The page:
In 1996, Newly formed Islamic militia, the Taliban, rise to power on promises of peace. Most Afghans, exhausted by years of war, approve of the Taliban for upholding traditional Islamic values. The Taliban outlaw cultivation of poppies for the opium trade, crack down on crime, and curtail the education and employment of women. Women are required to be fully veiled and are not allowed outside alone. Islamic law is enforced via public executions and amputations. The United States refuses to recognise the authority of the Taliban. Ethnic groups in the north, under Masood’s Northern Alliance, and the south, aided in part by Hamid Karzai, continue to battle the Taliban for control of the country.

Following al-Qaida’s bombings of two American embassies in Africa, in 1998, President Clinton orders cruise missile attacks against OBL’s training camps in Afghanistan. The attacks miss the Saudi and other leaders of the terrorist group. OBL officially started getting considered an international terrorist and is widely believed to be hiding in Afghanistan, where he is cultivating thousands of followers in terrorist training camps. The United States demand that OBL be extradited to stand trial for the embassy bombings. The Taliban decline to extradite him. The United Nations punishes Afghanistan with sanctions restricting trade and economic development.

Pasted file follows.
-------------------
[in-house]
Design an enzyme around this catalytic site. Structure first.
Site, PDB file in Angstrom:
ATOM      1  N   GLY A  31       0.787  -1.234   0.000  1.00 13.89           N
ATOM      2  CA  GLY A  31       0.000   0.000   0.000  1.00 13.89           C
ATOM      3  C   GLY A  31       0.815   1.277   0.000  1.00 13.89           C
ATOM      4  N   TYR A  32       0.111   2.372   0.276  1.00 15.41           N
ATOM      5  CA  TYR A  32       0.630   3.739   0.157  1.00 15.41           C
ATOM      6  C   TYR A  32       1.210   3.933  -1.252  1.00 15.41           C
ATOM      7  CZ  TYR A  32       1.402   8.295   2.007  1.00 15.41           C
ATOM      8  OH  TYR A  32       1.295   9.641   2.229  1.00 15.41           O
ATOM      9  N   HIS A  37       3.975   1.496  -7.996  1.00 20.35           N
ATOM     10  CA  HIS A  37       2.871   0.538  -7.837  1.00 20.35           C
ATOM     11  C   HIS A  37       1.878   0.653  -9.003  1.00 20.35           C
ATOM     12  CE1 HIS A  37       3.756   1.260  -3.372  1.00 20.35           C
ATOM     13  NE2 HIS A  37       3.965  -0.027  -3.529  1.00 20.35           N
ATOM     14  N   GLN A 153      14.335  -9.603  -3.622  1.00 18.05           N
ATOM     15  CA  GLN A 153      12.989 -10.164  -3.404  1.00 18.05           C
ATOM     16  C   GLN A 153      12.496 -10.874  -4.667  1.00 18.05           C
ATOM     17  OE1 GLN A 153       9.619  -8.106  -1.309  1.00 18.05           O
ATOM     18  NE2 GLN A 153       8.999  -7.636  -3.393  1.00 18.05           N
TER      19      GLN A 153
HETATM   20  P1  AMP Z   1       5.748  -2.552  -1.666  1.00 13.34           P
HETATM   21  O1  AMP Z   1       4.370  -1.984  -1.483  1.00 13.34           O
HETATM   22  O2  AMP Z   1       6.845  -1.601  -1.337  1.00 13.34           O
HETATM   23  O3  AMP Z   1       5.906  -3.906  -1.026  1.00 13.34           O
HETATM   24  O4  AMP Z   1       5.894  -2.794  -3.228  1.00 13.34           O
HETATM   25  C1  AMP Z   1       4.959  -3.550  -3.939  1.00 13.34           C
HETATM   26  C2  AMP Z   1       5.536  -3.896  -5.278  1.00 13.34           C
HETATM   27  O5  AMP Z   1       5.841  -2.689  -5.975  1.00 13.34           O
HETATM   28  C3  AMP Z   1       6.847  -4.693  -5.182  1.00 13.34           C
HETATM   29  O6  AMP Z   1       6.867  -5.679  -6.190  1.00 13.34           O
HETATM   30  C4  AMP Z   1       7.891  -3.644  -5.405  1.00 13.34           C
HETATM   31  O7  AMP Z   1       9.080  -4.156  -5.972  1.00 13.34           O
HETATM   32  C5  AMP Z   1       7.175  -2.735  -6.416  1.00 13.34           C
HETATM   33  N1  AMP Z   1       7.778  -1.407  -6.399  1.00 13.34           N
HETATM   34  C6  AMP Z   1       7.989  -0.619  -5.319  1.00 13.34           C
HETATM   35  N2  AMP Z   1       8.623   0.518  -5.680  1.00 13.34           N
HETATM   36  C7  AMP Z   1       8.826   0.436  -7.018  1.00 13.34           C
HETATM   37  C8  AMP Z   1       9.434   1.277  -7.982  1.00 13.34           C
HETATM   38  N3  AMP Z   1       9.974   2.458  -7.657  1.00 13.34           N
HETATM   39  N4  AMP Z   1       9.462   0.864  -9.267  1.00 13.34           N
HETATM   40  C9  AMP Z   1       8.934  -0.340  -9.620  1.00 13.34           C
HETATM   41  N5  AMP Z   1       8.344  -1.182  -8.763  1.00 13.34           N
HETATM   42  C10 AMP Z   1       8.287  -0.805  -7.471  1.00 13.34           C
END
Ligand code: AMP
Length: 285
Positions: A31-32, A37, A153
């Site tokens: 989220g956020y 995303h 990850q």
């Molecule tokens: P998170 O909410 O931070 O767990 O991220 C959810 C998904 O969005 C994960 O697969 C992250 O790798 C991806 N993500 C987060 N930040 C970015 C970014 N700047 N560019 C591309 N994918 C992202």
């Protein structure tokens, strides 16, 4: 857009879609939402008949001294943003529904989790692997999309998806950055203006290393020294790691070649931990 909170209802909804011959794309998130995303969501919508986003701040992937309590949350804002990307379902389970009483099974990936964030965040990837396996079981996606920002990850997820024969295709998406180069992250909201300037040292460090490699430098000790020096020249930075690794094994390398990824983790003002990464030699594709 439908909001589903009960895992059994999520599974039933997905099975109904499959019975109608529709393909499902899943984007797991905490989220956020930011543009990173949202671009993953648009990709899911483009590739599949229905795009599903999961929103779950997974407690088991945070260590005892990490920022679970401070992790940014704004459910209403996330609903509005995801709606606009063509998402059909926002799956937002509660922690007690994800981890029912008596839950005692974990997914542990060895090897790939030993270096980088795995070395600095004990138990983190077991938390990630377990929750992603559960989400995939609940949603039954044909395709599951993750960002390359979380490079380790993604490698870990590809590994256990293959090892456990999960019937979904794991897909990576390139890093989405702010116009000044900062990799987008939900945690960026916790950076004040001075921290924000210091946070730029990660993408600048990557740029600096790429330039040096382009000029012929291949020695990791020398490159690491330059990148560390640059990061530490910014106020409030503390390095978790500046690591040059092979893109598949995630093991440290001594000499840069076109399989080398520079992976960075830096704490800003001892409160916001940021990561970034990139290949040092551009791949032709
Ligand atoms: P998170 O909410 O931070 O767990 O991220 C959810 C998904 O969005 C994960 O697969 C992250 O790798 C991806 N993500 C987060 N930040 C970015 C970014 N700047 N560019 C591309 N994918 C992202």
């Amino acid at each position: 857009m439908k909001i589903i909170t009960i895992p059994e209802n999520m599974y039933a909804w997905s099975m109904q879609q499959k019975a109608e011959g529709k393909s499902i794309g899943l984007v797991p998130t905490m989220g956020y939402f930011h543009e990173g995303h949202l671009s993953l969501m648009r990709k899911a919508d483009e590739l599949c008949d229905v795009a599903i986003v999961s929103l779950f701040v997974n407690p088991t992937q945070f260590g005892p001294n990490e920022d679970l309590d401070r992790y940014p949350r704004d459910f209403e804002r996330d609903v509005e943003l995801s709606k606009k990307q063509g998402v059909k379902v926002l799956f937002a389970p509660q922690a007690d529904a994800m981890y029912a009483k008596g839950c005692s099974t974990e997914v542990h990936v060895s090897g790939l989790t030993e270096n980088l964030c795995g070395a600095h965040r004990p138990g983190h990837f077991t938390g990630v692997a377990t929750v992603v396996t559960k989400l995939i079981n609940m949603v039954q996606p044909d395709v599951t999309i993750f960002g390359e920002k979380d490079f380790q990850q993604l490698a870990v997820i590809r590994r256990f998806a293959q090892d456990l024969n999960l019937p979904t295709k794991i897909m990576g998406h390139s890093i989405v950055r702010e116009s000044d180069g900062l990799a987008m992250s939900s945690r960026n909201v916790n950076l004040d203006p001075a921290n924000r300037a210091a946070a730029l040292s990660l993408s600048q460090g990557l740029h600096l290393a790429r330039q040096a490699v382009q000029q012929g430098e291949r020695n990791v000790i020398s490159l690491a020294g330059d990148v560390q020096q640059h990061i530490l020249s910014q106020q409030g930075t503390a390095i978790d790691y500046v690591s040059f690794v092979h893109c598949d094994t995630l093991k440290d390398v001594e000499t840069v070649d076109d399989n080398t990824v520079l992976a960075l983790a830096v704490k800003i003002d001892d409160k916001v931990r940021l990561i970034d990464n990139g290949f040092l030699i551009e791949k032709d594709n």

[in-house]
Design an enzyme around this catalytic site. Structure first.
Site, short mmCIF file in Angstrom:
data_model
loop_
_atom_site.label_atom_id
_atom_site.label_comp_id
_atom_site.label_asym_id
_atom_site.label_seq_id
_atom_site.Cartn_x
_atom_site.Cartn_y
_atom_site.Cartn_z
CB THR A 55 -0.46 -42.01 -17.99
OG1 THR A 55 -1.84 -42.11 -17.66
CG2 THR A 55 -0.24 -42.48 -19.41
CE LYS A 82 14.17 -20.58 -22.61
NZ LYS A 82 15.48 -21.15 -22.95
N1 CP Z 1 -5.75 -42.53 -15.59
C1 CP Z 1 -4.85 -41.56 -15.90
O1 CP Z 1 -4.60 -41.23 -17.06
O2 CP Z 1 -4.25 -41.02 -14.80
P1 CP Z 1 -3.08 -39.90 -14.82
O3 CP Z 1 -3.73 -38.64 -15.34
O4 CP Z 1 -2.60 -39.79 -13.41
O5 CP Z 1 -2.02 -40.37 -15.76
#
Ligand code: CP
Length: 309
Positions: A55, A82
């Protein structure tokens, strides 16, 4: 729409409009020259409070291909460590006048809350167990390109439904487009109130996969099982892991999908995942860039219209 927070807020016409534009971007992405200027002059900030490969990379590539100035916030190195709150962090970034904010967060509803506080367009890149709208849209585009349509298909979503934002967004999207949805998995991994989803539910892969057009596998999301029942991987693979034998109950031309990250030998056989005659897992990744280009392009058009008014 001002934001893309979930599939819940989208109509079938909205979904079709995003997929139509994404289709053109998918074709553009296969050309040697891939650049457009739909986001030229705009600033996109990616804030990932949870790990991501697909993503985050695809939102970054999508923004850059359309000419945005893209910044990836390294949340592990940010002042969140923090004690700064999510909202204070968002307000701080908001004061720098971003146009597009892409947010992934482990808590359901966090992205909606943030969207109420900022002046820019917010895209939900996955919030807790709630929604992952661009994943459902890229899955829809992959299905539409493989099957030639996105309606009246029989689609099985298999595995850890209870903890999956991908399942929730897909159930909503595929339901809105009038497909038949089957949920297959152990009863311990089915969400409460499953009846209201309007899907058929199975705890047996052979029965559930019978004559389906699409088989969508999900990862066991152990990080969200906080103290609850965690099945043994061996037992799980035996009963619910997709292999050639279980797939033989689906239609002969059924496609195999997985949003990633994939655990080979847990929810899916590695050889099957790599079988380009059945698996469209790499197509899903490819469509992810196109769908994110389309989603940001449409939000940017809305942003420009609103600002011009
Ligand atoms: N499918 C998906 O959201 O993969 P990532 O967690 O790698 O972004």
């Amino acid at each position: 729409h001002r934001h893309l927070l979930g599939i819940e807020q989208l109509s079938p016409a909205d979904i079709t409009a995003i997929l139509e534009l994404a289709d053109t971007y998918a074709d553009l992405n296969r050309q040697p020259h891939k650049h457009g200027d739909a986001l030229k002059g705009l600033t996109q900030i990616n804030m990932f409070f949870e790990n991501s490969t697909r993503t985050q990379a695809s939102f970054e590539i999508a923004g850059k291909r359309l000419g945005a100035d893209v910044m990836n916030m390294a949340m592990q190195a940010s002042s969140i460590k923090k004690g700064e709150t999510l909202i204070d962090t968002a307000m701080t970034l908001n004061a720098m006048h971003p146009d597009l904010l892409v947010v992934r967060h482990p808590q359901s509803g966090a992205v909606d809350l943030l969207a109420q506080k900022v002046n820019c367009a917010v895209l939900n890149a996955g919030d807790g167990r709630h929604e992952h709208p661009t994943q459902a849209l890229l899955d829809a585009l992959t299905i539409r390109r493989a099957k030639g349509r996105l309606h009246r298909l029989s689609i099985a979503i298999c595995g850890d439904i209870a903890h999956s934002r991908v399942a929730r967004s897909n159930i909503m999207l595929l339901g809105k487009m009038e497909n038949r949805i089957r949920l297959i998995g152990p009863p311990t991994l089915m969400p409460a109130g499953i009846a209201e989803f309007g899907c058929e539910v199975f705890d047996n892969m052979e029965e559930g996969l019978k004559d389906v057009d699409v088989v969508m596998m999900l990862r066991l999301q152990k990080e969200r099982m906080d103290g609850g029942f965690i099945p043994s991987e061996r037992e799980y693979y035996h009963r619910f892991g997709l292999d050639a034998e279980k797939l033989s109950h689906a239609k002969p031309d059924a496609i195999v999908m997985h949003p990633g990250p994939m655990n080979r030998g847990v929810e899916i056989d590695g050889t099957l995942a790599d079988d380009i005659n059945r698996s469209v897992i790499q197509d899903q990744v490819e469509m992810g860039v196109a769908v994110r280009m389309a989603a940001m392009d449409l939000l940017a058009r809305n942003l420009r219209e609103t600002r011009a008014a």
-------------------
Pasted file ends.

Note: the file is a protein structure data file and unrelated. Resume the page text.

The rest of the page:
Just 2 days before 9/11, Ahmed Shah Masood, the head of the Northern Alliance and the nation’s top insurgent, got killed by assassins posing as journalists while he was meeting the crowd of his supporters. The 9/11 event shook the world and immediately the US blamed OBL’s Al-Qaida for it. President Bush demanded for OBL again but Taliban refused to cooperate due to Pashtoon Walli, the Pashtoon code or values. Pakistan did try to mediate but failed as US hurriedly attacked Afghanistan. Within two months, US was able to enter Kabul with help of its allies within northern alliance. In December, US makes Hamid Karzai as a leader of the interim government. Karzai, who was ethnic Pashtoon and anti Taliban, immediately created his importance in the eyes of the western world. Importantly, Karzai lived his life in Pakistan and only came to Afghanistan when the US overthrew the Taliban government.

Pakistan, unwantingly became an ally of the US in war on terror. Whereas the NATO forces came to Afghanistan to fight against the terrorism. NATO took the responsibility of the security of the major cities of Afghanistan whereas the rural Afghanistan, that happens to be more than of Afghanistan, was left at the hands of local warlords. Administrative system only worked in the cities while Taliban’s jurisdiction prevailed the overall Afghanistan. Majority of Afghanistan had no identification cards to prove their existence in Afghanistan and neither they ever were accounted for nor they ever voted for post-9/11 regimes. But, Ashraf Ghani became president of Afghanistan after two rounds of voting that too followed by the claims of election fraud thus a power-sharing agreement with main rival Abdullah Abdullah. The power-sharing setup portrayed as Democratic government of Afghanistan that in reality was empowered and secured by the US-led allied forces rather than by people of Afghanistan.